If you follow Charlie’s post to the word, you will be overlooking a key element of any job search. You will have failed to do due diligence on the people you will be working for. There is a lot of romanticism about working at startups from the ivory tower of academia. Case studies almost always focus on the unbelievable success stories in entrepreneurship and startups. At the very least the companies have done something of note, or else there wouldn’t really be a reason to create a case study in the first place! It is not all rainbows and puppy dogs, however.
The reality is that when you are working at a startup, it is often a very small group of people who are working intensely together for long hours and in close quarters and going through extreme emotional highs and lows. When things go bad it can get very ugly. Talk to anyone who has been in the industry for a while and they likely have some horror stories. At the end of the dya, the personal relationships matter and they matter a lot.
So, before you accept the job, you need to do your homework, not just on the startup and what they do and how you can add value. You need to do homework on the people you will be working with directly in the startup, as well as the others on the team, if possible. Find out how they manage people and how they think about developing the talent on their team. You are not going to get any big fancy development programs like in big companies, but you should have a reasonable expectation that your boss is going to take an interest in you doing well, learning and generally kicking-ass. But, different managers go about it in different ways.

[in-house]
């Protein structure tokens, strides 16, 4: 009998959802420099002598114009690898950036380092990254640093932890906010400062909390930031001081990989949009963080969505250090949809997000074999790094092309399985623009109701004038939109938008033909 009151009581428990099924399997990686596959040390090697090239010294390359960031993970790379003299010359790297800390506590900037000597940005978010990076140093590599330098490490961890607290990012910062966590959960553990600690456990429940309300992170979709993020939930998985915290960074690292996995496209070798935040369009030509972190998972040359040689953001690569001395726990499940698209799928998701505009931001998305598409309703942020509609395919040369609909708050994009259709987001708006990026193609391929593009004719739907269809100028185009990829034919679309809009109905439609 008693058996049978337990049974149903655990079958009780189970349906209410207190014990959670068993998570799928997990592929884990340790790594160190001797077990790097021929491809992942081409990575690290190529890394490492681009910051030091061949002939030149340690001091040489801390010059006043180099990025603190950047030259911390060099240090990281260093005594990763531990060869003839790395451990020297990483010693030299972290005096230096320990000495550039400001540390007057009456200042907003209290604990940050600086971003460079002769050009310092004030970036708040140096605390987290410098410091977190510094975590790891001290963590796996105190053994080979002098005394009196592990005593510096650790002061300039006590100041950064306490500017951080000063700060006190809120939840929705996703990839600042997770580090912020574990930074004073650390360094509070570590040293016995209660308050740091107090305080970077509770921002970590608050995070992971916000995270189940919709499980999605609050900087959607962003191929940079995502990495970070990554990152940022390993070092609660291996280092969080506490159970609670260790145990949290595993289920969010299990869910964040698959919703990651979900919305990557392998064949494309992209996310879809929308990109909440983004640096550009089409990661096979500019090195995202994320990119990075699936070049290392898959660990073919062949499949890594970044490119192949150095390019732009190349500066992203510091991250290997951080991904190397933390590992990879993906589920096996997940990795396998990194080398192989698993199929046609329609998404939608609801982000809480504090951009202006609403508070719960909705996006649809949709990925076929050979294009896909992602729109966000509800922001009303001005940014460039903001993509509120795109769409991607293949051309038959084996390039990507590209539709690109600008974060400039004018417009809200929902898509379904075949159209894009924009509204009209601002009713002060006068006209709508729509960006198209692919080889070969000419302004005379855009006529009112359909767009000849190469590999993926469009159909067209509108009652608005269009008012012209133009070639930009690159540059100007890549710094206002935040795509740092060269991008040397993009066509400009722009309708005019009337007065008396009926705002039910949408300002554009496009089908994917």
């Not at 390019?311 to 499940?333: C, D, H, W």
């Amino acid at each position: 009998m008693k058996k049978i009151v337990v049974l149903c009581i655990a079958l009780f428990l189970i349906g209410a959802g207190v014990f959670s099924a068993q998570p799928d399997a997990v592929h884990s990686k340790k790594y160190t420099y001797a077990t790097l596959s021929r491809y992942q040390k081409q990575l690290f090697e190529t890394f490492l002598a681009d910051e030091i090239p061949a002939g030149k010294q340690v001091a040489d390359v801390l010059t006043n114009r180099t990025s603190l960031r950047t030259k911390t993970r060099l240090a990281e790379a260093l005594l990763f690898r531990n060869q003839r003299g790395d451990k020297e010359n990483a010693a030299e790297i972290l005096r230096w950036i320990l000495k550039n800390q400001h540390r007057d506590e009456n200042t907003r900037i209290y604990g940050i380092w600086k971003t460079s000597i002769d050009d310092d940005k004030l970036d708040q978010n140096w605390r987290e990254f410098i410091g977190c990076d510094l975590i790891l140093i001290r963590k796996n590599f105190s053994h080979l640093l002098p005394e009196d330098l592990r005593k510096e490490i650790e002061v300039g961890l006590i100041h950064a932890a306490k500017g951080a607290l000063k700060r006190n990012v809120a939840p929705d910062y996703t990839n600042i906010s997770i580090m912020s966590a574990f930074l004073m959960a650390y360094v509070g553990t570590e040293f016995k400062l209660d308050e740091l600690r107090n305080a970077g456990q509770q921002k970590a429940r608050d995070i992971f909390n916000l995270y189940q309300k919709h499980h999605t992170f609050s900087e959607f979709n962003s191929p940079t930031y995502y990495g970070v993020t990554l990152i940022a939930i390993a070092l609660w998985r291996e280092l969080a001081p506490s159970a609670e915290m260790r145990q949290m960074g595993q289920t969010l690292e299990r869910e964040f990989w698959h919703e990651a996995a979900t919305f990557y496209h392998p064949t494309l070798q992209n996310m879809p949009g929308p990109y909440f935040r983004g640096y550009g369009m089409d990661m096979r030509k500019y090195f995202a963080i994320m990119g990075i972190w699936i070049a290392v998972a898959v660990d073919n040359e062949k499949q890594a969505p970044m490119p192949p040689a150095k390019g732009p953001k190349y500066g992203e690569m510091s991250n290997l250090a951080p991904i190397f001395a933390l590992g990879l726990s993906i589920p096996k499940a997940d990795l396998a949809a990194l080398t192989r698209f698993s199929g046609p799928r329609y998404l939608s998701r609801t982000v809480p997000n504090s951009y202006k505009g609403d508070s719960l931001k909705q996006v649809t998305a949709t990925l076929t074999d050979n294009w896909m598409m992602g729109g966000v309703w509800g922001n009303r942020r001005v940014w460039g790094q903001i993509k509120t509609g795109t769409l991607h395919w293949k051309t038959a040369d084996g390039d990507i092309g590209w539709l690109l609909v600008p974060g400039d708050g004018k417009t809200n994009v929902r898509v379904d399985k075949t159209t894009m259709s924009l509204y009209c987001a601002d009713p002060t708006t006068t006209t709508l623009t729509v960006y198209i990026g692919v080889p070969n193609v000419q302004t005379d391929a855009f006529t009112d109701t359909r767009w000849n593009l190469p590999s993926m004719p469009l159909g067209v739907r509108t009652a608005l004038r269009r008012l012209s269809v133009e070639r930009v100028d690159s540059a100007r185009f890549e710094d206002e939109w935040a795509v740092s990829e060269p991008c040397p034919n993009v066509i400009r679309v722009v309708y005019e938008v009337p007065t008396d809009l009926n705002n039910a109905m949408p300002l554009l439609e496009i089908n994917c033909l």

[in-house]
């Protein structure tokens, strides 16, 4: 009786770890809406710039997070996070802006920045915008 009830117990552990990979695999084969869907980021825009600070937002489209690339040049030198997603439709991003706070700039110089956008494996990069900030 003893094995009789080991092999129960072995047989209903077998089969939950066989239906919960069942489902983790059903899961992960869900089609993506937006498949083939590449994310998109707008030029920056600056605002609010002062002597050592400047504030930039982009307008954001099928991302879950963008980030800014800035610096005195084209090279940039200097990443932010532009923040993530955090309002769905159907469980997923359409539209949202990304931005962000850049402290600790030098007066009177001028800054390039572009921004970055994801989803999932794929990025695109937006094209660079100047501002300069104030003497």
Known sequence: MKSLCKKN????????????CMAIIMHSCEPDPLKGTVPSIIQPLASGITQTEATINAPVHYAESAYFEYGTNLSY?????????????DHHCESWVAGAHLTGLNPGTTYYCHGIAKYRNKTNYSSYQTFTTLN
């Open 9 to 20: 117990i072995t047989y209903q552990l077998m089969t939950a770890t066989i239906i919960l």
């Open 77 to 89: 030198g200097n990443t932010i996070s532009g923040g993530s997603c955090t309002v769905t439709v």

Finding this information is not trivial. You have to get creative with how you get information. And face it, if you are going to survive in a startup you need to be resourceful anyways.
Some suggestions for potential sources of information and how they might be useful for you….
Venture Capitalists normally have a good understanding of the founders of the company and have been with them along the way so far. After all, they invested in them at the beginning. VCs may not have the full picture, however. Depending on the style of the VC, they might not have a lot of exposure to how the founders treat their team or manage their workers day in and day out. Finding a classmate who worked as an associate at the investing fund might provide a less biased opinion. Alumni working at the funds that invested, but who was not the lead partner on the deal could also provide a less biased view of the company. They probably sit through portfolio review meetings and hear about what is going on in that startup.